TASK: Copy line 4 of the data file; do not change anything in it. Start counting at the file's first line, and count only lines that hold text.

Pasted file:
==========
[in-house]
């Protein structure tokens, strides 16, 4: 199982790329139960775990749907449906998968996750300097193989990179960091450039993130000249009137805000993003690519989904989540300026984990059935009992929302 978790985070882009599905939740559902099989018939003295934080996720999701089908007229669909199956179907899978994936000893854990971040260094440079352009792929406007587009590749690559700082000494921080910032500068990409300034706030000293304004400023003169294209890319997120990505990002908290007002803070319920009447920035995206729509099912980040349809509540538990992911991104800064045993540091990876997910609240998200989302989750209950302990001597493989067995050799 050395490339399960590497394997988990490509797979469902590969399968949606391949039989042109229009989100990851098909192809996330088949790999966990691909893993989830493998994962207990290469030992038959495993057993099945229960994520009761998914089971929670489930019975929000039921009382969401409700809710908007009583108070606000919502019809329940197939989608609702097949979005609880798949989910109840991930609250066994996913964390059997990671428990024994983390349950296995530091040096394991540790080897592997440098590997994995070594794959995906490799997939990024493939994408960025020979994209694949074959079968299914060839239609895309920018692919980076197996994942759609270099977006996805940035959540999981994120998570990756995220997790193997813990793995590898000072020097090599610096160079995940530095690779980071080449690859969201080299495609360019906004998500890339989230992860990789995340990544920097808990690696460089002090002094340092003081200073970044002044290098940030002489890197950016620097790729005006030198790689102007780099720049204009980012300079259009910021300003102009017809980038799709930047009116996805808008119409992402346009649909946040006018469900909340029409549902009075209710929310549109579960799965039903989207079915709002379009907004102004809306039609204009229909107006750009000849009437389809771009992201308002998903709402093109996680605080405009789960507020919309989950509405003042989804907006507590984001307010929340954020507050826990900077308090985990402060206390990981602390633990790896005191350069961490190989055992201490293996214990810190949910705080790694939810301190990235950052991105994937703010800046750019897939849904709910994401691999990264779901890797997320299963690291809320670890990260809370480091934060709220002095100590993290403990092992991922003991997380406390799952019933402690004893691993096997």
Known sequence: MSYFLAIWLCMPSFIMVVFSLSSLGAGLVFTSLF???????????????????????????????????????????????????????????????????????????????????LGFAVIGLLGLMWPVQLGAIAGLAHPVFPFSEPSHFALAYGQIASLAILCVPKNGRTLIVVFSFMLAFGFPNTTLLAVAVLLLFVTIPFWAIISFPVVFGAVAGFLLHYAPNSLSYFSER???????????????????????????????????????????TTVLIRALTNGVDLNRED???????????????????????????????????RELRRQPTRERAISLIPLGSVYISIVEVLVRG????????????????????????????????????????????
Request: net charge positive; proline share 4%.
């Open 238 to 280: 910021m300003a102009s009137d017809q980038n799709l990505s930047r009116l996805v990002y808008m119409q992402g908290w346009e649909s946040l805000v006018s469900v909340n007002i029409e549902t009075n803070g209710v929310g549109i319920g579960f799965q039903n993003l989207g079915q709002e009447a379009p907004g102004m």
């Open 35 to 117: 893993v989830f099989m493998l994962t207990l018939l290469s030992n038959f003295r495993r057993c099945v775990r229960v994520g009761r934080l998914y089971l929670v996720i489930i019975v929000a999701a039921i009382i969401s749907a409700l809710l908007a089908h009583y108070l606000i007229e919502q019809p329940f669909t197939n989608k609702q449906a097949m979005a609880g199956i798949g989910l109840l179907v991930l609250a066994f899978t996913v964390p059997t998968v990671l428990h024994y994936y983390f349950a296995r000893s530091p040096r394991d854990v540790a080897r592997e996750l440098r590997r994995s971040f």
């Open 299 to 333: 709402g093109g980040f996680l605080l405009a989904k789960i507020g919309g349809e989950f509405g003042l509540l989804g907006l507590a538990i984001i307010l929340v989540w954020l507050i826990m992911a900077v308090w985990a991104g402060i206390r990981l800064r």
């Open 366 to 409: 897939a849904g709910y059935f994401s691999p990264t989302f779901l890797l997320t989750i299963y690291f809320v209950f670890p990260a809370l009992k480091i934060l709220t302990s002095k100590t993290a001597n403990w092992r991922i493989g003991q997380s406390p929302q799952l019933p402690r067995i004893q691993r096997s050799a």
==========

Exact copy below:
Request: net charge positive; proline share 4%.